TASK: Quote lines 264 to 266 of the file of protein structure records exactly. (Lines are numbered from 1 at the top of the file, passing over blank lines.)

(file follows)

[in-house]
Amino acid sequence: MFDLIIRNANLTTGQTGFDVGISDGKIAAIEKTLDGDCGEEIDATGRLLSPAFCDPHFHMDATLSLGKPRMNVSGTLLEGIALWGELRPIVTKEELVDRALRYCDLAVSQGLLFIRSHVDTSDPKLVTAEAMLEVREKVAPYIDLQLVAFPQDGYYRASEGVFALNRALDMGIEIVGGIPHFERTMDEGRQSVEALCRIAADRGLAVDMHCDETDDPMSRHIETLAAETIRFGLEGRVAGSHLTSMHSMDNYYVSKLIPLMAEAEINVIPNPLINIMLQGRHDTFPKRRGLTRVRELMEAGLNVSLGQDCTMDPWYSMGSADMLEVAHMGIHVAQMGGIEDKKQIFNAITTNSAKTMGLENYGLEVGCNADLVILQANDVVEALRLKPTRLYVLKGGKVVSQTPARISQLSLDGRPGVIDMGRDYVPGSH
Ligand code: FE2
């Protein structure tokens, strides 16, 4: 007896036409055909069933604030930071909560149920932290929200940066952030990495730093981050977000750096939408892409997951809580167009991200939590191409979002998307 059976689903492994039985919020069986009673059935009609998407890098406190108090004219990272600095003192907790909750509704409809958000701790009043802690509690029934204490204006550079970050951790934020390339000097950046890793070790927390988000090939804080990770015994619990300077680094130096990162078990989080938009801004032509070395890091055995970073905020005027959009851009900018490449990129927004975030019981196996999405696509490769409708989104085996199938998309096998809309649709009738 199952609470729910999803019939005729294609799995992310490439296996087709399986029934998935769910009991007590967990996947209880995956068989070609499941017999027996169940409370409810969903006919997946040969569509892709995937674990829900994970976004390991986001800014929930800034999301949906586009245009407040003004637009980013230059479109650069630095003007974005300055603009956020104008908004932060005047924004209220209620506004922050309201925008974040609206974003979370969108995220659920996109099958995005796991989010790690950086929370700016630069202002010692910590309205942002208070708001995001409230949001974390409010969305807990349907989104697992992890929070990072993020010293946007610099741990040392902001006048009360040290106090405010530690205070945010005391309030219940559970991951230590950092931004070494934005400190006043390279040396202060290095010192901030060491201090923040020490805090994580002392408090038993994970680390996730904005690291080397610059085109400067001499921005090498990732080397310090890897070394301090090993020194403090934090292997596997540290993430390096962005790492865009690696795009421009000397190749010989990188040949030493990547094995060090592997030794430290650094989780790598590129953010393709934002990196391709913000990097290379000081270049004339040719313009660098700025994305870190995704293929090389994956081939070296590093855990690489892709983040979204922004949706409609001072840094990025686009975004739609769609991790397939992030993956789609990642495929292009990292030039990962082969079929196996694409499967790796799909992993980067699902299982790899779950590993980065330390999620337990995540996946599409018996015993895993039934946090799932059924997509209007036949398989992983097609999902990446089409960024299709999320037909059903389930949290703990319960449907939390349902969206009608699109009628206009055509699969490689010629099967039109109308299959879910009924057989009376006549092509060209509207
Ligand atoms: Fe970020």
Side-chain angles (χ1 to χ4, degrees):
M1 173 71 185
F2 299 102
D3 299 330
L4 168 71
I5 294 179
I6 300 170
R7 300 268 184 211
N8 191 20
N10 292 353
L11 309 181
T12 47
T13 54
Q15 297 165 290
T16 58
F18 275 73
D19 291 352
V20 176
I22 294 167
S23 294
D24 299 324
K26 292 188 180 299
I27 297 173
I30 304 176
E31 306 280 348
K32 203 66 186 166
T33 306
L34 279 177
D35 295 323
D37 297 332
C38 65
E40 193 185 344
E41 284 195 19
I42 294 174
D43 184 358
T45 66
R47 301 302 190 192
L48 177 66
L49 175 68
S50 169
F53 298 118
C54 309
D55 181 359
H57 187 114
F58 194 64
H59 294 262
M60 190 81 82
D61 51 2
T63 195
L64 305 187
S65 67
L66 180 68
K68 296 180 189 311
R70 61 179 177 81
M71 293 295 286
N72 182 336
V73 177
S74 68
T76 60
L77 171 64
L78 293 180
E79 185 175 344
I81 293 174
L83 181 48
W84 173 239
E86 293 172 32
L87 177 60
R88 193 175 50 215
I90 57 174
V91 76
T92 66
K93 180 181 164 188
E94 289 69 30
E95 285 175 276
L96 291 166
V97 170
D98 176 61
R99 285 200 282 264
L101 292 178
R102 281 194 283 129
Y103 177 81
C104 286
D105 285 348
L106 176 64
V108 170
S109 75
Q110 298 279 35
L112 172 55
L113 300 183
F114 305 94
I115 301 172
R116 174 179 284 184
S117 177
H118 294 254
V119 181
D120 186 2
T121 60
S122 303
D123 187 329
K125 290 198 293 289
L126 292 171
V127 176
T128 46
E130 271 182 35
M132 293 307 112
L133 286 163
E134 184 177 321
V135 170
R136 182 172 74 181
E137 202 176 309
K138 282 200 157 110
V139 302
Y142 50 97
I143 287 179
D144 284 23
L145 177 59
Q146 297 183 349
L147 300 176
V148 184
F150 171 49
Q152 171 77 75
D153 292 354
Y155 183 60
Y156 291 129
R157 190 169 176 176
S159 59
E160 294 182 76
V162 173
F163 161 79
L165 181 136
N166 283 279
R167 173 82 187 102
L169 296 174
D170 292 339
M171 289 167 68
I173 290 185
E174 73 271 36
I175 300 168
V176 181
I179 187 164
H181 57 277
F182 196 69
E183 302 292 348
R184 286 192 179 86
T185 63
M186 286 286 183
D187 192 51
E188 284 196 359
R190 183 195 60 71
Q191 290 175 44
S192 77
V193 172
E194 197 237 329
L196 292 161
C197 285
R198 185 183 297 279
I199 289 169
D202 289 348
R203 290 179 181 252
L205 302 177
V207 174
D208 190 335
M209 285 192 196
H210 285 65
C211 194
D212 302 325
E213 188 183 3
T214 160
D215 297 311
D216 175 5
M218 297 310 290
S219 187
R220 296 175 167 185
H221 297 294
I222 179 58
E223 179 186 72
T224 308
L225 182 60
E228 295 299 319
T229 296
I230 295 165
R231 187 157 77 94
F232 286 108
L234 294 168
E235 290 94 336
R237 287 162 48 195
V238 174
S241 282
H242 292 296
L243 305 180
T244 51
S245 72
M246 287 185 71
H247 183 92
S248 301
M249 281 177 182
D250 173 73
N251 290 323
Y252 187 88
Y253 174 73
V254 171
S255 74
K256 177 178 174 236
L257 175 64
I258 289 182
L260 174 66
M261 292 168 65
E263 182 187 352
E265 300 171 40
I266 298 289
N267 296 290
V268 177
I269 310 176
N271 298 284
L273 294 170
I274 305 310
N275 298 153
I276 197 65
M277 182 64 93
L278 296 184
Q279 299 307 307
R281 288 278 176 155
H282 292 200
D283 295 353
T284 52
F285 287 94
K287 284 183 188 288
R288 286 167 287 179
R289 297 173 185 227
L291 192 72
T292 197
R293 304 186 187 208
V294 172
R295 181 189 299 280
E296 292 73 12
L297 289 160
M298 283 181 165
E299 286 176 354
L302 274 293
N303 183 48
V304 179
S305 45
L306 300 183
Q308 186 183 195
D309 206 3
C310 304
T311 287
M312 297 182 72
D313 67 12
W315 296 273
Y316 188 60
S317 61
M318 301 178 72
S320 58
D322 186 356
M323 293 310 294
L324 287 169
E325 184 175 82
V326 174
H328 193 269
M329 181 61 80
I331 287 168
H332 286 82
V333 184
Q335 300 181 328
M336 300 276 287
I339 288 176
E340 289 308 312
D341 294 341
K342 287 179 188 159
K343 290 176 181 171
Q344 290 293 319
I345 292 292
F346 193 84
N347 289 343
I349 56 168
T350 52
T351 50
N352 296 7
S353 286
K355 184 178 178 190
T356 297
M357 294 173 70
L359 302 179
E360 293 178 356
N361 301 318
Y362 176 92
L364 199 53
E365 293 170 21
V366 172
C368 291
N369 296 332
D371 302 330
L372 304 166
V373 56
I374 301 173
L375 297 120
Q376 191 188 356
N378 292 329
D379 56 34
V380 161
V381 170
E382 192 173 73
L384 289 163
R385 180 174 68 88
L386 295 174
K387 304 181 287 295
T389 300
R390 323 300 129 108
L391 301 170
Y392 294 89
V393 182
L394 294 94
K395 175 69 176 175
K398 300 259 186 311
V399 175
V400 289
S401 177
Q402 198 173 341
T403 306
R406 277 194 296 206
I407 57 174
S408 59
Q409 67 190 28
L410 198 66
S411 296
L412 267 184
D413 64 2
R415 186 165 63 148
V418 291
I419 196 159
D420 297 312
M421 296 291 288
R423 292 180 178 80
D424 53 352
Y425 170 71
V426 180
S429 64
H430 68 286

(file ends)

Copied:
V326 174
H328 193 269
M329 181 61 80